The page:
Wichita can now sell its land to a mostly undisclosed group of developers for $1 an acre.
The Wichita City Council voted unanimously Tuesday night to sell approximately 4 acres around the new $75 million baseball stadium to Wichita Riverfront LP.
That company is connected to Lou Schwechheimer, the principal owner of the New Orleans Baby Cakes. The team already has a management agreement and a facilities agreement, but the land sale was the “third leg of the stool” in a deal to lure the Baby Cakes to Wichita, City Manager Robert Layton said.
What land will be purchased has not been finalized, but it would have to be within the 24 acre footprint of the new stadium and south of Texas Street along McLean, according to an agreement signed by Mayor Jeff Longwell and Schwechheimer on Wednesday.
Longwell said last week that the agreement would not be fully executed until the developers were known. He and City Council members did not respond to emailed questions about the agreement and the developers on Wednesday.
City officials said fair market value of the land is between $750,000 and $800,000.
The vote came after four hours of citizen comments and presentations from the city, Schwechheimer and a neighboring development represented by George Laham.
Schwechheimer’s development plans have been scaled back. He said Wichita Riverfront LP modified its request from 4.5 acres to 4 acres. A Ferris wheel once considered as part of the plan isn’t happening now.
Schwechheimer said he wants to fix Wichita’s reputation as a “failed Minor League Baseball town.”
‘We don’t trust you’
A lack of transparency about the ballpark development agreement has been one of the key issues for people since it was first reported by The Eagle on March 3.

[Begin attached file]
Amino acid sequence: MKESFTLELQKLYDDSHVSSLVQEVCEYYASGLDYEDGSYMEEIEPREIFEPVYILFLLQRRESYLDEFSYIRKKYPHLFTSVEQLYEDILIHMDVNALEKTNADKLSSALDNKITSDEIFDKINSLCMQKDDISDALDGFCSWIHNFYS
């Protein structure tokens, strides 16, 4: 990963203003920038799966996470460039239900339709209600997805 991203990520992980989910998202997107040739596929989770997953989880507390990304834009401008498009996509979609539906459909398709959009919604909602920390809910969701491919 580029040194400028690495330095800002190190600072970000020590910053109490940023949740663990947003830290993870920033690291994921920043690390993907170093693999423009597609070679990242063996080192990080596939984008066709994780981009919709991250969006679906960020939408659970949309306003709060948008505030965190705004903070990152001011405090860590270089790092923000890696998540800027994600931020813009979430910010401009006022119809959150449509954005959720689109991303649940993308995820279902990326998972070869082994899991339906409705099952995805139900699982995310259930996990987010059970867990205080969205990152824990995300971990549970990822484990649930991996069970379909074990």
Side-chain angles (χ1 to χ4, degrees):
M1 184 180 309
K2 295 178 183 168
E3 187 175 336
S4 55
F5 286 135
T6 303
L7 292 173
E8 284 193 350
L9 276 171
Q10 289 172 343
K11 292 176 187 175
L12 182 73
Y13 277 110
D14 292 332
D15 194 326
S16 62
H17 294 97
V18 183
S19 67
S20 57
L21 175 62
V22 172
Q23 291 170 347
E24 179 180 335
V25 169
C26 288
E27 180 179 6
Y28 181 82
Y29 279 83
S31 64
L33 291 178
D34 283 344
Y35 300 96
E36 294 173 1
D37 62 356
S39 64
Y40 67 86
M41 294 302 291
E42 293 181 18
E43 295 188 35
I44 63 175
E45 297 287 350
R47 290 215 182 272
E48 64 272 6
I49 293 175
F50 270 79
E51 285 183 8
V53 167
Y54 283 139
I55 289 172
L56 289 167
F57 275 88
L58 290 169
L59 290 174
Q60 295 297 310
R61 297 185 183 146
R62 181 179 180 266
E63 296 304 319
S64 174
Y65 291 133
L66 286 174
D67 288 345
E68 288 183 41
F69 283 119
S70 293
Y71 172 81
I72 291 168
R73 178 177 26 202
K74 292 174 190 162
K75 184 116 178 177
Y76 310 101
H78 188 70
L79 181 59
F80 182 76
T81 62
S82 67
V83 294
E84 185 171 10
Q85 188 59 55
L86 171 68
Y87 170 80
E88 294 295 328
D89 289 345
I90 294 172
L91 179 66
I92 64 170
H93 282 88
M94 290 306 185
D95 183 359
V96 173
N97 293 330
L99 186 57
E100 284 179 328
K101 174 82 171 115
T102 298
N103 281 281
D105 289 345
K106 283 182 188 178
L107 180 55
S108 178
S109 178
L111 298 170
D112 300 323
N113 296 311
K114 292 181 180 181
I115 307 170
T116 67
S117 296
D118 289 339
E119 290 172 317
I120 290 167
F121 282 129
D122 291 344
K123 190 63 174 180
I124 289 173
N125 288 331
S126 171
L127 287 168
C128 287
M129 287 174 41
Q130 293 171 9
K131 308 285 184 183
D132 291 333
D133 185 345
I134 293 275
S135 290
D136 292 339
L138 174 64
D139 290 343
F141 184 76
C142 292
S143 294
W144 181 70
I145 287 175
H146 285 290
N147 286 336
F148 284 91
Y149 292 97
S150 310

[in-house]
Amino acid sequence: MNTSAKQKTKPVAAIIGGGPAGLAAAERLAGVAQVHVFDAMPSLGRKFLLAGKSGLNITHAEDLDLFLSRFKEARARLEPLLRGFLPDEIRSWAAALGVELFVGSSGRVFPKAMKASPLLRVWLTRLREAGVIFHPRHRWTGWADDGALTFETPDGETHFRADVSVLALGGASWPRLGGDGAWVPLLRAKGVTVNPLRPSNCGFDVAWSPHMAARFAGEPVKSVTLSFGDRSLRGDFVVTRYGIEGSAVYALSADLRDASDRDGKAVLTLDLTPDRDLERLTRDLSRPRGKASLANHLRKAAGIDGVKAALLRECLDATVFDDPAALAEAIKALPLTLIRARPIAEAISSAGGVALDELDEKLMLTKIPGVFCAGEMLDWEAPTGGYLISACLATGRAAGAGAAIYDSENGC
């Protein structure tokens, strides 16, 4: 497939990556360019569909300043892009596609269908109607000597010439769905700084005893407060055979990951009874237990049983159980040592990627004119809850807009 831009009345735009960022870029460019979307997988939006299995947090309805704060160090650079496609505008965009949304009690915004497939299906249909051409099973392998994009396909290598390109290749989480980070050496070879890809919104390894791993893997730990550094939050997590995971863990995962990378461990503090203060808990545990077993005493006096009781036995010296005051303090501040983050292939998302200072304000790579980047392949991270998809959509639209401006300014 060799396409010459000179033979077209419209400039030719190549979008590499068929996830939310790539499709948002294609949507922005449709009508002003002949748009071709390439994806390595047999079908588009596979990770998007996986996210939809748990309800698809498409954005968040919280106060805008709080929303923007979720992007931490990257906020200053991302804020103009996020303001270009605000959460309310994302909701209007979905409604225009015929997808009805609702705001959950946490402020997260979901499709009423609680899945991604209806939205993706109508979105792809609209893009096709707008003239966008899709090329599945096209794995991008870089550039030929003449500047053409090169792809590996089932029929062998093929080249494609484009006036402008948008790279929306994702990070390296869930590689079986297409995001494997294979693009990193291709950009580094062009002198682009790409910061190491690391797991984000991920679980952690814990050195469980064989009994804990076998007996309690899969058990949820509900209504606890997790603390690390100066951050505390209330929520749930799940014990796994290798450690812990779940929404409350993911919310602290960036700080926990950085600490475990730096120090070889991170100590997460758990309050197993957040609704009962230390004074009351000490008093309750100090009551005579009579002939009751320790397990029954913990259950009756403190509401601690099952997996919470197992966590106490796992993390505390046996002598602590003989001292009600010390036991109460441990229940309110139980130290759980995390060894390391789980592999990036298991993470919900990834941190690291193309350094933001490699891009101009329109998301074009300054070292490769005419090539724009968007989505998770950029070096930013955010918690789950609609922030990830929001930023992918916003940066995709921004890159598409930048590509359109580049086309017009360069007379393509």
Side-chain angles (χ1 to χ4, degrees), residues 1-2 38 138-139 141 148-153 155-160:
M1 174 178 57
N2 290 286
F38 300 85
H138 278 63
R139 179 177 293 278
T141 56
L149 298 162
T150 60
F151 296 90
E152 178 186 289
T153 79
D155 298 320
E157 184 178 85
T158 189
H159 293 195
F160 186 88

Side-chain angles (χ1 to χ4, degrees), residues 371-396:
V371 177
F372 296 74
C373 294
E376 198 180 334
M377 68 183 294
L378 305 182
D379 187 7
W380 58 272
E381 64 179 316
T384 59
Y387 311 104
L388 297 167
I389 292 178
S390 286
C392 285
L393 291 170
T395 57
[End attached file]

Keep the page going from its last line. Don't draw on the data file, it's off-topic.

“We don’t trust you,” Donna Werth told the council. “I repeat: We don’t trust you. You have been working on this project for at least a year and a half, possibly longer. You have not involved the community . . . so how can I trust even the information that I heard here tonight?”
Layton acknowledged that communication about the development deal was poor, and vowed to do better in the future. He said he regrets that the development agreement was not made public sooner.
“We’re going to learn from this,” Layton said.
The meeting was moved to the evening to allow more people to attend, and the council chambers was packed with people until well after 10 p.m. Tuesday.
City Council members and Schwechheimer were adamant they wouldn’t leave until they heard everyone out.
Before anyone from the public spoke, Schwechheimer and Laham pitched their visions of the stadium area development, vowing to work together to develop a “Baseball Village Master Plan.”
Laham, whose group called Riverfront Partners is developing the area north of the ballpark, unveiled his vision for that parcel, saying the development could be “one of the most significant impacts on our city, in our downtown, for the next 50 years.”
McLean Boulevard along the river from Douglas to Maple would look like a street in Old Town: narrow, brick and “pedestrian friendly,” Laham said. It could be closed to traffic for events and on weekends.
The development is a concept at this time and subject to change, especially with regard to parking.
Some left the meeting happy, others confused and exhausted.
Thirty-one people spoke about the agreement during the meeting. Seven were clearly in favor of selling the land, 16 were opposed and six were unclear, with most of those speakers voicing frustrations about details of the deal and asking for more transparency.
“It’s baffling,” said Don Hysko, a transplant from Pawtucket, Rhode Island, where Schwechheimer’s career in Minor League Baseball started with a former Red Sox affiliate franchise. “I came here with one simple question, and I came away with less of an idea what’s going on than when I woke up this morning.”